Sindhi Kadhi Chawal

Vegetable curry with tamarind, curry leaves and green chillies

Sunday afternoons are for Sindhi Kadhi, chawal (plain rice) and aloo tuk. There is something so comforting about a meal like this; given how simple it is to cook. A soupy kadhi that’s tangy, hot, spicy and moreish mixed in with rice. For me any curry rice dish must have something fried on the side and Sindhis know that only too well! Aloo Tuk adds the required crisp spicy texture to every mouthful of kadhi chawal. Follow this meal by an afternoon nap and you’ll be hooked forever!

I have so many Sindhi friends who cook an array of dishes from their community and have always been kind enough not just to have me over to sample the food but also share their recipes. Growing up in India, I was lucky to have friends whose mum would be delighted to have us over to devour into a Sindhi feast. From Sai Bhaji chawal to kadhi and biryanis; the food in local homes is brimming with flavour, texture and spices.

I’m sharing a recipe for kadhi which is one I have cooked for year now. It’s a recipe from my friends mum. She adds loads more vegetables though I prefer to add just two or three at the very most. You can also include green beans, drumsticks or carrots. The key for this recipe is to roast the gram flour until it changes colour  and gives a nutty aroma making sure t keep stirring so it does not burn. This curry is moreish and you are looking for a balance of flavours with tangy, spicy, sweet and hot all at once with every mouthful. Serve with plain rice and of course some Aloo Tuk or papad/ pickles. As always I say to check your tamarind paste for its strength. If it’s too tangy add a little less than the recommended amount.


  1. Add a tablespoon of oil to a frying pan over a medium heat. Add the okra and fry for 20 seconds stirring to make sure the oil coats all the pieces. Put a lid on and cook for 2 minutes. Take the lid off and shake the pan lightly and put the lid back on for a minute. Turn the heat off and leave to rest until you’re ready to add them to the Sindhi Kadhi.Sindhi Kadhi (3)

  2. Heat oil in a heavy bottom saucepan over a medium heat. Add the asafoetida and cumin seeds. Let them fry for a few seconds and add the fenugreek seeds. Fry for 2-3 seconds and add half the green chillies and half the curry leaves. Add the ginger and fry for a minute.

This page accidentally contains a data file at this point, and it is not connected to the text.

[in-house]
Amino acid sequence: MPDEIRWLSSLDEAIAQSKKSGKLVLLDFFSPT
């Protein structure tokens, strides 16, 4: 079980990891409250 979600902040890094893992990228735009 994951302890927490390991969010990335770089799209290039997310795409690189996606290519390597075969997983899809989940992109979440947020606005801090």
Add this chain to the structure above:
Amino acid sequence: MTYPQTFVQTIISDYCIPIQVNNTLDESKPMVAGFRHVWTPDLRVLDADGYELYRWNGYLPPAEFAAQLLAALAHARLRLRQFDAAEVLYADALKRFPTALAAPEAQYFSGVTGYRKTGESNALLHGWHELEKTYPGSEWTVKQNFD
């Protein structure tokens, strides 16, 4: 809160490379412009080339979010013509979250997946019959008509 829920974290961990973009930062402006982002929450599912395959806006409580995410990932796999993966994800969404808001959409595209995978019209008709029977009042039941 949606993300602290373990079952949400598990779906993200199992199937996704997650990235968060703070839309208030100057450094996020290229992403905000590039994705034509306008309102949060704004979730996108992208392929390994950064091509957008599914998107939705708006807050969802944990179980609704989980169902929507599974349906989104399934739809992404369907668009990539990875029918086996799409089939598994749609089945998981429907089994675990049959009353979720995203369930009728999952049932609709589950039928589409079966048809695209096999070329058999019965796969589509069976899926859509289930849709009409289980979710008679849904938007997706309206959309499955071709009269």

3. Turn the heat to a low setting and add the gram flour and roast for 3 minutes stirring continuously. Add the powdered spices and fry for a few seconds. Take the pan off the heat and add 500mls water a little at a time. Using a whisk mix well making sure there are no lumps.

  4. Put the pan back on the heat and add the jaggery and tamarind paste. Mix well to blend the tamarind with the kadhi. Season to taste. Add another 200mls of water to thin out the kadhi a bit more and simmer for 5 minutes on a low heat. Stir half way through making sure it does stick to the bottom of the pan. Add the okra/ bhindi and boiled potatoes. Simmer for 2 minutes. Garnish with fresh coriander and the remaining curry leaves. Serve warm with rice and something crispy.

    Sindhi Kadhi (2)

  • PandaVita

    I’ve always been terrible at making Indian food (well I can make them, but they don’t taste nice haha). But your recipes make them look very easy so I’ll definitely try with this one. It just looks so full of flavour too!

    • Maunika Gowardhan

      Thank you!

      • PandaVita

        You’re welcome 🙂

  • Romi

    wow, I had seen Sanjeev Kapoor’s recipe and found it too much trouble. Then I did this and was amazed how easily I got the flavour I had tasted earlier. Fabulous! Thank you.

    • Maunika Gowardhan

      Thank you! Thats wonderful to hear.

  • Ethan Lyon

    I tried this and think it’d be a lot better with maybe 1/2 tbsp of tamarind. All I tasted with 1 1/2 tbsp was tamarind. Otherwise, great recipe!

    • Maunika Gowardhan

      Hi Ethan, Thank you for your comment! As the recipe mentions check the strength of your tamarind paste before use. No two brands are the same and if yours is stronger you can add less then whats recommended.

      • Ethan Lyon

        That makes sense then! 🙂


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